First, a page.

Since the early 1990s, India has been viewed globally as the next China, poised to emerge as a massive market for just about everything money can buy. The most fabled part of this emergence story has been the country’s middle class, a group portrayed by many a PowerPoint slide-show as larger than America’s, raring to lead lives of comfort denied in past decades by a mix of socialist policies and cultural austerity. The economy’s liberalization was the point at which old certitudes were tossed aside. Globalization, led by exposure to the West, played its own role. Multinational corporations stormed in. Consumption didn’t just turn proudly conspicuous, it began to boom. As if the soul of a nation long suppressed had found utterance again, and it yearned for material advancement. Nearly three decades on, business leaders who had rubbed their palms in anticipation of sales curves going exponential know better than to take grand figures at face value. The Indian middle class is in no position to rival either China’s or the US’s, and on recent trends, does not even appear to be playing catch-up.
If foreign companies are no longer quite so bedazzled by our consumer product market, it’s partly because India’s growth prospects have dimmed. Less remarked upon is the gap between what the West considers “middle class" and what we do. In the US, a family living in a temperature-controlled house with all the usual durables and a sedan or SUV in the garage would qualify. In the UK, the term itself arose only to distinguish such folk from the poor as well as the aristocracy. Here, it loosely refers to those marked out by education and an acquaintance with English, and while this group has been large and expanding, it’s no match for the West’s on income and lifestyle. Fancy gizmos, snazzy vehicles and holidays abroad are largely for the well-off, an elite that’s still rather small. According to the Credit Suisse Global Wealth Report 2019, just 1.8% of Indians have assets worth more than $100,000, which is less than what a three-bedroom flat would cost in a big city. It also reports that every fifth household has assets worth over $10,000, and if this is taken as our middle class, then that’s some 260 million people, but certainly not among the lot who’d buy an iPhone, say, without blinking.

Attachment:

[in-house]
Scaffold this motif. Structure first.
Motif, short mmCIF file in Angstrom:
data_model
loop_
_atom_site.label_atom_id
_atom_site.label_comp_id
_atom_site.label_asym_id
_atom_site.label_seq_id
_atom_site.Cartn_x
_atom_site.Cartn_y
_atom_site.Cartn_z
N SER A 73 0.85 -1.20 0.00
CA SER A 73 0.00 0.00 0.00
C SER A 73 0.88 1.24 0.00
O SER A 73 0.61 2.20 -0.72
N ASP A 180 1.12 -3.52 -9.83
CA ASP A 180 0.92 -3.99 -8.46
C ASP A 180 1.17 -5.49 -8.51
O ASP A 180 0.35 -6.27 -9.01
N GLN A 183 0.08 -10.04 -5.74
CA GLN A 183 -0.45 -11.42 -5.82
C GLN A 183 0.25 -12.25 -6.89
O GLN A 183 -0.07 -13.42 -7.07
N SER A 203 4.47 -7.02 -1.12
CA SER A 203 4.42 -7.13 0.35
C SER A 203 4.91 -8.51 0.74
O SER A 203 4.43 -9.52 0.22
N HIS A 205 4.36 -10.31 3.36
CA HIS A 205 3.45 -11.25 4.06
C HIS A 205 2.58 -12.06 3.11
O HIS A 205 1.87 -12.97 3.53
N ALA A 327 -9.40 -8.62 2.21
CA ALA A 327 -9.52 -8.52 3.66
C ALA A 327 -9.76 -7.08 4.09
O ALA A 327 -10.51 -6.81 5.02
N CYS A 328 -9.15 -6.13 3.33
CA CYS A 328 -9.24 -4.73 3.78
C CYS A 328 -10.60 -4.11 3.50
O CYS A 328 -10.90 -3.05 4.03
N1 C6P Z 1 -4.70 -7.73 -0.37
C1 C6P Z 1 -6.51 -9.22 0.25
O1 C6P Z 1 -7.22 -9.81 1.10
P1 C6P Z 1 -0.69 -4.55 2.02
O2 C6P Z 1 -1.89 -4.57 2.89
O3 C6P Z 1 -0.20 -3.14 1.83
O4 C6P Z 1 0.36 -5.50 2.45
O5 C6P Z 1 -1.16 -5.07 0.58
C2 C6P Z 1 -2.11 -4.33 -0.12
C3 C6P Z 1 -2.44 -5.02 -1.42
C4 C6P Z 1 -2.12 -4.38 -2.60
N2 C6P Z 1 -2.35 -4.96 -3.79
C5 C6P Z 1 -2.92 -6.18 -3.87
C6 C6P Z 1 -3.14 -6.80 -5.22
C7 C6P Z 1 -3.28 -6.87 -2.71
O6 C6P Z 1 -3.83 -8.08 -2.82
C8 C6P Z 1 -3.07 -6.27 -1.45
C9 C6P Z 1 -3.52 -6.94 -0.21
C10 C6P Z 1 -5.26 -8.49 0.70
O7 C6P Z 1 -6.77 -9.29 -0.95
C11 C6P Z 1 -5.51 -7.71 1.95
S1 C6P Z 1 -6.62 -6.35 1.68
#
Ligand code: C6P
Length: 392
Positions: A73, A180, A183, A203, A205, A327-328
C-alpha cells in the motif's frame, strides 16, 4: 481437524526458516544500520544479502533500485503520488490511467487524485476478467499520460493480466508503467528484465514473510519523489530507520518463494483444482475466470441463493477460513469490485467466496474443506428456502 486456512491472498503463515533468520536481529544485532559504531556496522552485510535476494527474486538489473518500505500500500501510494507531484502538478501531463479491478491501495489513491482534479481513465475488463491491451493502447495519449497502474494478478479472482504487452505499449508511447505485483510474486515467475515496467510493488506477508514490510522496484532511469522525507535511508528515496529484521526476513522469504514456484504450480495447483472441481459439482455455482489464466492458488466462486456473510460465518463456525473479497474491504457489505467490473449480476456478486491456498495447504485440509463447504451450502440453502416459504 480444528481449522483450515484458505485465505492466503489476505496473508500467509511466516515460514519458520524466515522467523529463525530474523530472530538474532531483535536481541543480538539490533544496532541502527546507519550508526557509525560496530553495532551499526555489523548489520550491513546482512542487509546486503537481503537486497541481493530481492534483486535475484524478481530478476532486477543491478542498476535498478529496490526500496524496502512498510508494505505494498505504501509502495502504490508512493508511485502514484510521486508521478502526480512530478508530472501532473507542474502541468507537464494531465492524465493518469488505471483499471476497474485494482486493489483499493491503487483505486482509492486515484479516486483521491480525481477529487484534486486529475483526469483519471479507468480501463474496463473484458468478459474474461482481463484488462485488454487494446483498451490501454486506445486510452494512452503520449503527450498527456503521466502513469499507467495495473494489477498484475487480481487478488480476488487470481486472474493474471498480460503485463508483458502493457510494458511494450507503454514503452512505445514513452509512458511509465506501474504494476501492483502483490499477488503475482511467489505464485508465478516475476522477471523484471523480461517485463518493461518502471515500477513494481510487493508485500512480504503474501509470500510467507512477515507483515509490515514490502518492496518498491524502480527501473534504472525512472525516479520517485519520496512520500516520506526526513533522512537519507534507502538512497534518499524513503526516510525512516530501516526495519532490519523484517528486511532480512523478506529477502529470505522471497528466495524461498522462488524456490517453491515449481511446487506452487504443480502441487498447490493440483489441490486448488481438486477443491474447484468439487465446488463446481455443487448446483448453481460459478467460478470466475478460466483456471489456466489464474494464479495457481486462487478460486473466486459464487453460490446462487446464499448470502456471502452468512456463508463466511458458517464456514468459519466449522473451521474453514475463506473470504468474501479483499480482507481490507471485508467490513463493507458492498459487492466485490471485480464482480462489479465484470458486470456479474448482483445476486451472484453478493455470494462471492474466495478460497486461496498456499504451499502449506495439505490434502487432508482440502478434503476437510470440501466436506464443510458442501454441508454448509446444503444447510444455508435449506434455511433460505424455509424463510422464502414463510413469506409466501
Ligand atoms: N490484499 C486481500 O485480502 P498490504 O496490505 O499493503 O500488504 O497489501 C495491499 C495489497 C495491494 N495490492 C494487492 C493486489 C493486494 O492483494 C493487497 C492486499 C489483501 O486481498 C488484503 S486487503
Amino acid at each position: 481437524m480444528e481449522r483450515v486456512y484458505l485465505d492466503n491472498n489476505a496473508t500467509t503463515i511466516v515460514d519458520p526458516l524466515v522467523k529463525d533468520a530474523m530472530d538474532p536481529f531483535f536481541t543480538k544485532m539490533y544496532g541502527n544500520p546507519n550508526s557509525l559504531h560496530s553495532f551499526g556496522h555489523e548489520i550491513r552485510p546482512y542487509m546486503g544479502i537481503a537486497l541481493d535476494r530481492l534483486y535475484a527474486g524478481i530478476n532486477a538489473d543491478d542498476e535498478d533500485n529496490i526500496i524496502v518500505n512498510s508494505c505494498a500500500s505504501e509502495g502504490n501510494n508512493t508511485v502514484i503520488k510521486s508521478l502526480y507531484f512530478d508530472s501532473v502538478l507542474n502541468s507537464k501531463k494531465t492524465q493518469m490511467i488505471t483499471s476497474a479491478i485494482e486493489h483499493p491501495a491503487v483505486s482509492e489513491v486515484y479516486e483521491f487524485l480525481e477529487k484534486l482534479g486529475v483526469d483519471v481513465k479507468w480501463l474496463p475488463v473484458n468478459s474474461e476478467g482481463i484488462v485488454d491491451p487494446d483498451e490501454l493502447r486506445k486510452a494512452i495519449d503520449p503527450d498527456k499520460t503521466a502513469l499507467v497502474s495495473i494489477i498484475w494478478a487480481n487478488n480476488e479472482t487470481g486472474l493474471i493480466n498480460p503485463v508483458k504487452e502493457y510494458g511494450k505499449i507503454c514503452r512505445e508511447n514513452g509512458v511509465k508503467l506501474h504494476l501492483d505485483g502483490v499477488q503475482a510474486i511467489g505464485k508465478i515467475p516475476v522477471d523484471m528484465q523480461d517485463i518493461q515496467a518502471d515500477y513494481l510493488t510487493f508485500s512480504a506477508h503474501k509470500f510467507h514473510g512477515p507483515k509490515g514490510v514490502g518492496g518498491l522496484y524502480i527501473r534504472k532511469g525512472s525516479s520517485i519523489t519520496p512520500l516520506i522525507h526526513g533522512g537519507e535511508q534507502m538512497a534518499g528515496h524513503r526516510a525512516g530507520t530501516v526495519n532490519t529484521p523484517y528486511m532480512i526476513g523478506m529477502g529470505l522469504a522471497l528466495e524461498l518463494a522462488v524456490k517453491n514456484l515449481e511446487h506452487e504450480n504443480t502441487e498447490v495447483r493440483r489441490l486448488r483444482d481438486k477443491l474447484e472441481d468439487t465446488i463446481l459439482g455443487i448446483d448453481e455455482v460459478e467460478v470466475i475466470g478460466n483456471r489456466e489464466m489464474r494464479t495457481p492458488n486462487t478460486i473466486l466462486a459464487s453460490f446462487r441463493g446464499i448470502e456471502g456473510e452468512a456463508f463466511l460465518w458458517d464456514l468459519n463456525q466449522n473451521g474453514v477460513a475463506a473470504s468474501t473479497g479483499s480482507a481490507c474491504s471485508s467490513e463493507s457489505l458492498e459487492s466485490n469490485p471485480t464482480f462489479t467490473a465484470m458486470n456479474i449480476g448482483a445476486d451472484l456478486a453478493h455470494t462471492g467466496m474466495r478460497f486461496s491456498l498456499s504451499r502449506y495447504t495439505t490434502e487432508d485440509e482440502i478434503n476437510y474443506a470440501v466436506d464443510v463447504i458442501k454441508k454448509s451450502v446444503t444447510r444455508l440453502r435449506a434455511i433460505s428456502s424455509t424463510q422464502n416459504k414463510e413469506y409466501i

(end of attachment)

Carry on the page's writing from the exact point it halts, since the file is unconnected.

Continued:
Income criteria could be used, too. Data from the National Council of Applied Economic Research (NCAER) has been in popular use for estimates. Its definition considers households that earn between ₹2 lakh and ₹10 lakh—at 2001-02 prices—annually as middle-class, and this has been used to variously argue that anything from a tenth to over a third of the country is now in this category. What should be clear is that the NCAER income bracket does not describe the sort of homes that marketers can realistically aim upmarket products at. As foreign car makers and other companies have discovered, the Indian income pyramid is steep, rather than the flat sort they are accustomed to in the West, and so sales projections cannot quite be made on the basis of a global template of a market’s emergence. Luxury products have done very well over the recent past. But middle-class products seem to have stagnated in various categories. At this rate, it will take a long haul for the bulk of India to become a vast market.